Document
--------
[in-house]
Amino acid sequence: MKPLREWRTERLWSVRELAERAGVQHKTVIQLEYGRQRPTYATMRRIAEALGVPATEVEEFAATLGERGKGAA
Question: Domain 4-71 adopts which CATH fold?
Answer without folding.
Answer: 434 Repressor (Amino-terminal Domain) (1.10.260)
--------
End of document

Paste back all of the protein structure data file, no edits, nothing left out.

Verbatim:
[in-house]
Amino acid sequence: MKPLREWRTERLWSVRELAERAGVQHKTVIQLEYGRQRPTYATMRRIAEALGVPATEVEEFAATLGERGKGAA
Question: Domain 4-71 adopts which CATH fold?
Answer without folding.
Answer: 434 Repressor (Amino-terminal Domain) (1.10.260)